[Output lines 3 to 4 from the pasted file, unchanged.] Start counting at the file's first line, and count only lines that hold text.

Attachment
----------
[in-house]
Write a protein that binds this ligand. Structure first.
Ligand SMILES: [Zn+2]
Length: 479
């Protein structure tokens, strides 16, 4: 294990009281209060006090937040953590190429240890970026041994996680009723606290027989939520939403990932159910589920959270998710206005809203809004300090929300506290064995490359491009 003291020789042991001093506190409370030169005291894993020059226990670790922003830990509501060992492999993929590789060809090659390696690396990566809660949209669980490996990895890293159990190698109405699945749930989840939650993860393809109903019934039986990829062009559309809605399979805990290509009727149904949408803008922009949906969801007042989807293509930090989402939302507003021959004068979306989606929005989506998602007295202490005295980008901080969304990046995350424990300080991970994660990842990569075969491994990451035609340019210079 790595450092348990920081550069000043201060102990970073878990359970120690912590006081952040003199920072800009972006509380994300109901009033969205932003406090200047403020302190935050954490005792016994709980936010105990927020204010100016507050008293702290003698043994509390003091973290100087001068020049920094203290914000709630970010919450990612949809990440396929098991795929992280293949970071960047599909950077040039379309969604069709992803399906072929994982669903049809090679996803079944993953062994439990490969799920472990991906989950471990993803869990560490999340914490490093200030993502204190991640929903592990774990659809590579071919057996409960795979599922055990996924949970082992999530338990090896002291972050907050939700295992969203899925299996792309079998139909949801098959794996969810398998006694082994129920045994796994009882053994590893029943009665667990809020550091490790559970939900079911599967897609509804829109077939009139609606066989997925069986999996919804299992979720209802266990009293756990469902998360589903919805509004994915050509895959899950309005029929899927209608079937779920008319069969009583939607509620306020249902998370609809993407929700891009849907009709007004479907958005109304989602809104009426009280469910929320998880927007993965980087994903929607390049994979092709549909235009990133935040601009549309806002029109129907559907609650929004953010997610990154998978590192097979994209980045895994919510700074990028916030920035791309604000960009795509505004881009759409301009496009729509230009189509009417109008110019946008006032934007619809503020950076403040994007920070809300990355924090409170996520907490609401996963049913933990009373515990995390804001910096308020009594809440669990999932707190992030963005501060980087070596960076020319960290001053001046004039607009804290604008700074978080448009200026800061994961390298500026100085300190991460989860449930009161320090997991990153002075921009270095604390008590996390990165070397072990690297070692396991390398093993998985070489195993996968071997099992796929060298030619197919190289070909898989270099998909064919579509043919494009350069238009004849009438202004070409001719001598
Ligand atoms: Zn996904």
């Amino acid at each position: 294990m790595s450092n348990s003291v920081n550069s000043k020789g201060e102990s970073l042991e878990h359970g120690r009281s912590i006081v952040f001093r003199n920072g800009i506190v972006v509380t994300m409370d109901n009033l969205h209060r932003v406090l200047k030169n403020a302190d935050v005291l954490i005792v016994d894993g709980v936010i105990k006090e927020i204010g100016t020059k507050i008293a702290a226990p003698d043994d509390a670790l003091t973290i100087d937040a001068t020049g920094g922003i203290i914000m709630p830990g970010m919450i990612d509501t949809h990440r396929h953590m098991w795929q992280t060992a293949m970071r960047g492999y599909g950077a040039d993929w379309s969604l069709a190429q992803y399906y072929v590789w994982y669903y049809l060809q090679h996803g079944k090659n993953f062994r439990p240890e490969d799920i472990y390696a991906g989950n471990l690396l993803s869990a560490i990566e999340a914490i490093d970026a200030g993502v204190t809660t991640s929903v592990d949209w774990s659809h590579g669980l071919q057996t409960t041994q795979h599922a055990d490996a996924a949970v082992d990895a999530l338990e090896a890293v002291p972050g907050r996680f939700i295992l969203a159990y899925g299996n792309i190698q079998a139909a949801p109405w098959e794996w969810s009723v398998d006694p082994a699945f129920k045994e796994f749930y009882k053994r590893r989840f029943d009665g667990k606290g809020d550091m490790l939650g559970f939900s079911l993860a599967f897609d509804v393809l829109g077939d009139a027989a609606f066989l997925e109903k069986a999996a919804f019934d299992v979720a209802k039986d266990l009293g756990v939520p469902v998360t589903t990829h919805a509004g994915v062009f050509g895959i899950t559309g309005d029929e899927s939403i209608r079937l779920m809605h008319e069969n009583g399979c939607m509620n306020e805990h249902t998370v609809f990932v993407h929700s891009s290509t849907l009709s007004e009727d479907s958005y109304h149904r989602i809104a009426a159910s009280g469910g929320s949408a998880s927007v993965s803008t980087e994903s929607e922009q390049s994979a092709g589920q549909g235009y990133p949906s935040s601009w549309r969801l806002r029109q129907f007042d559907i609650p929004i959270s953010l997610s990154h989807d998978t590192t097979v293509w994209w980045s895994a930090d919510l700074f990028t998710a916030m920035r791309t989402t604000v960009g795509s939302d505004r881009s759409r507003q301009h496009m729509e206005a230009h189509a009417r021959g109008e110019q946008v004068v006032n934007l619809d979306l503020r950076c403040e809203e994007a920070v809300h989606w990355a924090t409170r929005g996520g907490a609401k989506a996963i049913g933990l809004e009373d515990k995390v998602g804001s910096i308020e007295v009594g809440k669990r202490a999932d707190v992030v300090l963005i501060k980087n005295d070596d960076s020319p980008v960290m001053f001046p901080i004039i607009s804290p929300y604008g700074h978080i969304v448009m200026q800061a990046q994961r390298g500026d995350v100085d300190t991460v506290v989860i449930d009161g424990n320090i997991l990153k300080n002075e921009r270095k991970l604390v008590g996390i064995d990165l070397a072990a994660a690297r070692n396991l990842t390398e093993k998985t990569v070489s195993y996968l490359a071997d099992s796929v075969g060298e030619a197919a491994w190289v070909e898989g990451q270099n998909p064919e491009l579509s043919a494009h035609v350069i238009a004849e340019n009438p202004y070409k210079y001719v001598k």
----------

Ligand SMILES: [Zn+2]
Length: 479